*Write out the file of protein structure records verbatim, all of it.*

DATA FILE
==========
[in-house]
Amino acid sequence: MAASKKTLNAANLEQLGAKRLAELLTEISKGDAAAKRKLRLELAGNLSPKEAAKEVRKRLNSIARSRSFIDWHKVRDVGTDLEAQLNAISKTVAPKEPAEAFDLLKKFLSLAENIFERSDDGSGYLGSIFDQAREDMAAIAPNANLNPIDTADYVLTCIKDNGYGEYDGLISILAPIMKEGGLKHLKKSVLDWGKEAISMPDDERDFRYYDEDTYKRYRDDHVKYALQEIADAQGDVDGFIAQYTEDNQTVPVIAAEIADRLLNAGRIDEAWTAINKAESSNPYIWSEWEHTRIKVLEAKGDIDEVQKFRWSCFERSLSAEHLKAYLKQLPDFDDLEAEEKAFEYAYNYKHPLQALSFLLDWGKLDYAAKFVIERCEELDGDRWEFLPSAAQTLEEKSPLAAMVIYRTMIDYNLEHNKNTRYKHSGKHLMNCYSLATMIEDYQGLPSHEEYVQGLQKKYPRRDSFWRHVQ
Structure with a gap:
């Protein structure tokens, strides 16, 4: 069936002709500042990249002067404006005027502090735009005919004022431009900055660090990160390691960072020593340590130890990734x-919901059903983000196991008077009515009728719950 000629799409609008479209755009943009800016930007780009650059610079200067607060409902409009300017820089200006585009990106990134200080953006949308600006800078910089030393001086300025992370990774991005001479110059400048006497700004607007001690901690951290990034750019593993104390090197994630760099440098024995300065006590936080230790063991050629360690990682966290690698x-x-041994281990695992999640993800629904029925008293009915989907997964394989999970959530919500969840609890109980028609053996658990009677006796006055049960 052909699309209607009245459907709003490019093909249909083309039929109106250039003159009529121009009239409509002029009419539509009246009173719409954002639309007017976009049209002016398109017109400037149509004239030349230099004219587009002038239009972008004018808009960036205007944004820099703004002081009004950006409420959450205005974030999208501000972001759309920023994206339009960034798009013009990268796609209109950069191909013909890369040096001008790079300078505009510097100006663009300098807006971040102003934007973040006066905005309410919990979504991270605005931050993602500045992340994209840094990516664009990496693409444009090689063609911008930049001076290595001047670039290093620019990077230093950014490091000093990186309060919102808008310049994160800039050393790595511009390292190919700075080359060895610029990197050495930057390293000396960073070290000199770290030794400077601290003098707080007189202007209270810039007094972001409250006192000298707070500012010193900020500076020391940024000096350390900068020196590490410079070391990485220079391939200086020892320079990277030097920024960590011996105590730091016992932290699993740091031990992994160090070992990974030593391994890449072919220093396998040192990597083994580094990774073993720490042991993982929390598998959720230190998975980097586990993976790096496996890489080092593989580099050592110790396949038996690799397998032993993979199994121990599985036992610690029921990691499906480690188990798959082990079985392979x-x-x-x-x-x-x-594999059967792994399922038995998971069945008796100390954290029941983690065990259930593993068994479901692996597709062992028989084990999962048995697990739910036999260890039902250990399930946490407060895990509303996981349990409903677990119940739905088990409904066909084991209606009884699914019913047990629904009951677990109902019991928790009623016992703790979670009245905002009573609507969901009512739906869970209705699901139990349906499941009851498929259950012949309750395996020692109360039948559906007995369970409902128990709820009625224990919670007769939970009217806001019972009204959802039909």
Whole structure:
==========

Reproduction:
[in-house]
Amino acid sequence: MAASKKTLNAANLEQLGAKRLAELLTEISKGDAAAKRKLRLELAGNLSPKEAAKEVRKRLNSIARSRSFIDWHKVRDVGTDLEAQLNAISKTVAPKEPAEAFDLLKKFLSLAENIFERSDDGSGYLGSIFDQAREDMAAIAPNANLNPIDTADYVLTCIKDNGYGEYDGLISILAPIMKEGGLKHLKKSVLDWGKEAISMPDDERDFRYYDEDTYKRYRDDHVKYALQEIADAQGDVDGFIAQYTEDNQTVPVIAAEIADRLLNAGRIDEAWTAINKAESSNPYIWSEWEHTRIKVLEAKGDIDEVQKFRWSCFERSLSAEHLKAYLKQLPDFDDLEAEEKAFEYAYNYKHPLQALSFLLDWGKLDYAAKFVIERCEELDGDRWEFLPSAAQTLEEKSPLAAMVIYRTMIDYNLEHNKNTRYKHSGKHLMNCYSLATMIEDYQGLPSHEEYVQGLQKKYPRRDSFWRHVQ
Structure with a gap:
């Protein structure tokens, strides 16, 4: 069936002709500042990249002067404006005027502090735009005919004022431009900055660090990160390691960072020593340590130890990734x-919901059903983000196991008077009515009728719950 000629799409609008479209755009943009800016930007780009650059610079200067607060409902409009300017820089200006585009990106990134200080953006949308600006800078910089030393001086300025992370990774991005001479110059400048006497700004607007001690901690951290990034750019593993104390090197994630760099440098024995300065006590936080230790063991050629360690990682966290690698x-x-041994281990695992999640993800629904029925008293009915989907997964394989999970959530919500969840609890109980028609053996658990009677006796006055049960 052909699309209607009245459907709003490019093909249909083309039929109106250039003159009529121009009239409509002029009419539509009246009173719409954002639309007017976009049209002016398109017109400037149509004239030349230099004219587009002038239009972008004018808009960036205007944004820099703004002081009004950006409420959450205005974030999208501000972001759309920023994206339009960034798009013009990268796609209109950069191909013909890369040096001008790079300078505009510097100006663009300098807006971040102003934007973040006066905005309410919990979504991270605005931050993602500045992340994209840094990516664009990496693409444009090689063609911008930049001076290595001047670039290093620019990077230093950014490091000093990186309060919102808008310049994160800039050393790595511009390292190919700075080359060895610029990197050495930057390293000396960073070290000199770290030794400077601290003098707080007189202007209270810039007094972001409250006192000298707070500012010193900020500076020391940024000096350390900068020196590490410079070391990485220079391939200086020892320079990277030097920024960590011996105590730091016992932290699993740091031990992994160090070992990974030593391994890449072919220093396998040192990597083994580094990774073993720490042991993982929390598998959720230190998975980097586990993976790096496996890489080092593989580099050592110790396949038996690799397998032993993979199994121990599985036992610690029921990691499906480690188990798959082990079985392979x-x-x-x-x-x-x-594999059967792994399922038995998971069945008796100390954290029941983690065990259930593993068994479901692996597709062992028989084990999962048995697990739910036999260890039902250990399930946490407060895990509303996981349990409903677990119940739905088990409904066909084991209606009884699914019913047990629904009951677990109902019991928790009623016992703790979670009245905002009573609507969901009512739906869970209705699901139990349906499941009851498929259950012949309750395996020692109360039948559906007995369970409902128990709820009625224990919670007769939970009217806001019972009204959802039909």
Whole structure: